Since its inception in 2010, the Affordable Care Act (ACA) was designed to extend health insurance coverage and reduce financial risk for unexpected medical expenses for millions of uninsured adults.
The ACA did this in a number of ways, including expanding Medicaid services, creating the federal and state Marketplaces, preventing insurance companies from denying medical coverage due to pre-existing conditions, and requiring plans to cover a list of essential health benefits.
However, some aspects of the ACA may look different to those who reside in certain states. The state you live in can affect your health outcomes, insurance options, and plan accessibility. Below we’ll provide an overview of which parts of the ACA affect everyone and which depend on your state.
Is the ACA available in all states?
All states are subject to certain aspects of the ACA. Before the ACA, the CDC estimated1 that there were 48 million uninsured adults in the U.S. But now, the ACA guarantees basic health coverage, making medical care available to all Americans—from healthy individuals to those with chronic illnesses—no matter what state they reside in.
The ACA had three primary goals:
- Make affordable medical coverage more accessible on the individual market.
- Expand Medicaid services to cover more adults.
- Reduce healthcare-related costs that affect both consumers and the federal government.
To meet these goals, the ACA mandated that all states set up a health insurance exchange or allow residents to purchase a plan on the federal Health Insurance Marketplace. The Marketplace lets individuals choose ACA-compliant coverage from a variety of insurers.
Additionally, all 50 states must participate in the federal Medicaid program—whether they decide to implement Medicaid expansion coverage or not.
How the ACA is the same in every state
1. Health insurance exchanges
Health insurance exchanges are the primary way uninsured adults shop for insurance in all states. Federal and state health insurance exchanges contain a competitive array of qualified health plans on the individual market.
Through these exchanges, individuals, families, and small businesses can register and enroll in healthcare plans to reduce financial risk of unexpected illnesses.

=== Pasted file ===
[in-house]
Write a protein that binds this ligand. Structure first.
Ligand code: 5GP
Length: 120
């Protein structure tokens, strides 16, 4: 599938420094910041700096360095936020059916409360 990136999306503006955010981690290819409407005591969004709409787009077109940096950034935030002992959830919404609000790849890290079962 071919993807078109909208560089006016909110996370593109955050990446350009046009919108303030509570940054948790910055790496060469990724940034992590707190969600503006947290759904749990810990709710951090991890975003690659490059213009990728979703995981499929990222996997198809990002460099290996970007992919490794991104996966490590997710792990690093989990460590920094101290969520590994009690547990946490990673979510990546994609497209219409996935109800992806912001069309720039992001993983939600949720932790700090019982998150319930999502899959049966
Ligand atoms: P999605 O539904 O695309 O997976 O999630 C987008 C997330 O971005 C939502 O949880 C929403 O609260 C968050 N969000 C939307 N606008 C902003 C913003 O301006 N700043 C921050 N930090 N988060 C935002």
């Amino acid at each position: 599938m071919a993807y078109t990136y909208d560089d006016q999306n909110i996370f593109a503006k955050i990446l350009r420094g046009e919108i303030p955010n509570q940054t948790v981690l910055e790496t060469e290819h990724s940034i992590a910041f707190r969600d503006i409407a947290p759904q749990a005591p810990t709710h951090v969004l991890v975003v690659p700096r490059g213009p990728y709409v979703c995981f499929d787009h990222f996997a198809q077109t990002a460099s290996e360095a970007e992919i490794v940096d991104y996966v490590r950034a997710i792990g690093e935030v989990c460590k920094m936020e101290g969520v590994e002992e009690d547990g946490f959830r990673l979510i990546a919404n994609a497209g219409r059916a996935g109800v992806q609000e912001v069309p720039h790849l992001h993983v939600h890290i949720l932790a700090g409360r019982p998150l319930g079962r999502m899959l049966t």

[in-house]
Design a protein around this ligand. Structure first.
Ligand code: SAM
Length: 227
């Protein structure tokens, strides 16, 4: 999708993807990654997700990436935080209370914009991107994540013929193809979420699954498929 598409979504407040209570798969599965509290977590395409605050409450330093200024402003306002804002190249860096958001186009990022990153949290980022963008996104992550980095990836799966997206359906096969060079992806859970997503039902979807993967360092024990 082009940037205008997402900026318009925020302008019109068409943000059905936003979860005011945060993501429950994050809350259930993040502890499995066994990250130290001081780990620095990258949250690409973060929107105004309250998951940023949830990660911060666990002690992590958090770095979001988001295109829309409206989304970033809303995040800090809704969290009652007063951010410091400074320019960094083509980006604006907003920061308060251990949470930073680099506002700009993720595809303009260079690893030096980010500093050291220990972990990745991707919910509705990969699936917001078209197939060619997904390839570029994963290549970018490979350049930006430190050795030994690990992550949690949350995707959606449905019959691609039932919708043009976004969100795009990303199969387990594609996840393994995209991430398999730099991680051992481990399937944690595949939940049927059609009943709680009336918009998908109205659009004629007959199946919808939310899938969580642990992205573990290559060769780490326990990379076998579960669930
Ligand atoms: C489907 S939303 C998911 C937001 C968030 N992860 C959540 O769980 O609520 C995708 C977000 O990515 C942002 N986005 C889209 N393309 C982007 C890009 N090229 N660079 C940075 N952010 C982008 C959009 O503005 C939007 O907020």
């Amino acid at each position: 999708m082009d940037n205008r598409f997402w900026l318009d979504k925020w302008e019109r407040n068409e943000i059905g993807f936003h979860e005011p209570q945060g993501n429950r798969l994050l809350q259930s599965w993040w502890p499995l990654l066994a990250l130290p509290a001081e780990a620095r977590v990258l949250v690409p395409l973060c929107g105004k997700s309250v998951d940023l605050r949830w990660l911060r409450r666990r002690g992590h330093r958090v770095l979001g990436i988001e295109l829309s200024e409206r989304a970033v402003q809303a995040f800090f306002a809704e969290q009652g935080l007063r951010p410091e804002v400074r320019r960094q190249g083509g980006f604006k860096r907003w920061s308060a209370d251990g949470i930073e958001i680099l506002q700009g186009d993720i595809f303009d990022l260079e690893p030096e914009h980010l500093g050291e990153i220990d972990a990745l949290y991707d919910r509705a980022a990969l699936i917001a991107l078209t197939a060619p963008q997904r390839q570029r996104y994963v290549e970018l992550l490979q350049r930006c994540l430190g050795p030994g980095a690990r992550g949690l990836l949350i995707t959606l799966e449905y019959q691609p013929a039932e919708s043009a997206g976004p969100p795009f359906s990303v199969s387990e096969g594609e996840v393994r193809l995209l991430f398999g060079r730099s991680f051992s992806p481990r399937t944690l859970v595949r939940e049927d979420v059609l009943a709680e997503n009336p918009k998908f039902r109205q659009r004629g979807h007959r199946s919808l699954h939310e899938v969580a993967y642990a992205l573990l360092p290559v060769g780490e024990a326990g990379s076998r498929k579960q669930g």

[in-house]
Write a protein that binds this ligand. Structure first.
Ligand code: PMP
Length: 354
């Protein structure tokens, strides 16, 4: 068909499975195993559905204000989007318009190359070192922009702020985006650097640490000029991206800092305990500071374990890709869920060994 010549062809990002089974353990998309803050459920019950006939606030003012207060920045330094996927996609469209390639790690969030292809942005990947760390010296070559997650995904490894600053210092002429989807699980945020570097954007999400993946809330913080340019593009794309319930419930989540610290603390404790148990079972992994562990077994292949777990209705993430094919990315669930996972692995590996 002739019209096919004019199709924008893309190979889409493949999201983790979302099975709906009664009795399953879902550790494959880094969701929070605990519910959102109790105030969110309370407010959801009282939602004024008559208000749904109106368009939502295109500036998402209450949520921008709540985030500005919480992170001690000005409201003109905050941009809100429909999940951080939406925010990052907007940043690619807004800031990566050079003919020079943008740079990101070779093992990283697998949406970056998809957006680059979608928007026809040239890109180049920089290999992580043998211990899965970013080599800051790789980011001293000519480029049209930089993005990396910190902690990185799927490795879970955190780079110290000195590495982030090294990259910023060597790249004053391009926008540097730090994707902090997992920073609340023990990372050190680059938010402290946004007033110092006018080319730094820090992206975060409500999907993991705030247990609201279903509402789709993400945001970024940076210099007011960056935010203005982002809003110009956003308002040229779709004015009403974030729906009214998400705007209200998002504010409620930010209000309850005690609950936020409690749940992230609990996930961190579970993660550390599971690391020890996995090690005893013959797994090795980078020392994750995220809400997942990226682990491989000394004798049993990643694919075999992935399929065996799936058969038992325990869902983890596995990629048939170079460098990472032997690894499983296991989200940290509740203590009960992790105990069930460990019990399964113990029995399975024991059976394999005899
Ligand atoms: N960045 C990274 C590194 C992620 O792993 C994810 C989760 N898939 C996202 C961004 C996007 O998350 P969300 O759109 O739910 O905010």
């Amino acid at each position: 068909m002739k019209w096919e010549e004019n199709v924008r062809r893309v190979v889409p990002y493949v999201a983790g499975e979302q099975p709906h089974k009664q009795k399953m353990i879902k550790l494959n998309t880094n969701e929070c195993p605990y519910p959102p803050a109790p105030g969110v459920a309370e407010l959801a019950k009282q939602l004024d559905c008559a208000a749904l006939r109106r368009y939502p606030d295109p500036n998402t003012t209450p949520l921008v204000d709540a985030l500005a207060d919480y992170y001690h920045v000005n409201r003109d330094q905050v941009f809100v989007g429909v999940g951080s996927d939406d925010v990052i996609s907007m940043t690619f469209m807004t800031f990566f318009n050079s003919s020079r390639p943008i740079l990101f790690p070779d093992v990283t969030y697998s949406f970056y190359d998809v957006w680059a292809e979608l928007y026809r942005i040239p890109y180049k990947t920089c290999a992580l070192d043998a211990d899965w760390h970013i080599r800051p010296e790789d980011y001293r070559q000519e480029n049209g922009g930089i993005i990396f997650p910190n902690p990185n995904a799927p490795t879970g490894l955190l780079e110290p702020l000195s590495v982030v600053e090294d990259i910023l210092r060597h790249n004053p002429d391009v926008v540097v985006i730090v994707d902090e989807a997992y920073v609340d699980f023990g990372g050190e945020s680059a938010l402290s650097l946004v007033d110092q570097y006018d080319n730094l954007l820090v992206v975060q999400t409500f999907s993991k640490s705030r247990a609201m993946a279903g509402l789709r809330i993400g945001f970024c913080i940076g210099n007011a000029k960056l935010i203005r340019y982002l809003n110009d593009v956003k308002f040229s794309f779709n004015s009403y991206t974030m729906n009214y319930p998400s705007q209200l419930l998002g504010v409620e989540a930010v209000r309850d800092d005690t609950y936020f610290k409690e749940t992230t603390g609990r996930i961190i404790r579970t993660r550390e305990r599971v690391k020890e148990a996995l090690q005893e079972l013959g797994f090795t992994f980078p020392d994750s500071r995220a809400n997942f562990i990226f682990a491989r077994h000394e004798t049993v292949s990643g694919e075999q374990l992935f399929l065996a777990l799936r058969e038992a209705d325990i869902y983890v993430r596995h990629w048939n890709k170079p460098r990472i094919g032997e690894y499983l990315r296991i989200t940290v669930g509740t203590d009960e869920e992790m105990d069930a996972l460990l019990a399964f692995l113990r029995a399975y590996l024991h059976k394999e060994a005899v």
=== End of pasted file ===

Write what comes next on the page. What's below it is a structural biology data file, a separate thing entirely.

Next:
2. Individual mandate
Before 2017, the ACA required most people to obtain health insurance or pay a penalty. This was known as the individual mandate. However, starting in 2019, that requirement was repealed.
3. Premium tax credits
In every state, the health insurance exchanges must offer financial assistance in the form of premium tax credits to those who meet certain income requirements. The eligibility requirements for the subsidies are the same from state to state.
4. Metallic tiers of coverage
Regardless of state, all plans fall into one of four categories: Bronze, Silver, Gold, or Platinum. These four metal tiers adhere to a price structure that matches their medical coverage rates.
Generally, bronze and silver plans are best suited for young, relatively healthy individuals who don’t make frequent doctor visits. In contrast, gold and platinum plans are the best option for individuals with more medical needs.
5. Essential benefits
Insurance plans offered through the health insurance exchanges will cover a set of ten essential health benefits and will qualify as minimum essential coverage (MEC). Essential health benefits include healthcare items and services that all qualified plans on the individual market must cover.
Under the ACA, insurance companies aren’t allowed to provide medical coverage to only healthy individuals. Additionally, they can only vary premium rates based on age, region, and tobacco use.
If you have a pre-existing condition, your insurance company also can’t refuse to cover you or charge you more money. Therefore, your financial risk for managing a chronic condition is lower with insurance than being uninsured.
6. Open enrollment
The annual open enrollment period to enroll or change health insurance plans is the same for all states using the federal marketplace on healthcare.gov2. However, state marketplaces can differ for enrollment periods.
This period is typically from the beginning of November through mid-December. You can only shop for health insurance outside of open enrollment if you qualify for a special enrollment period during the year.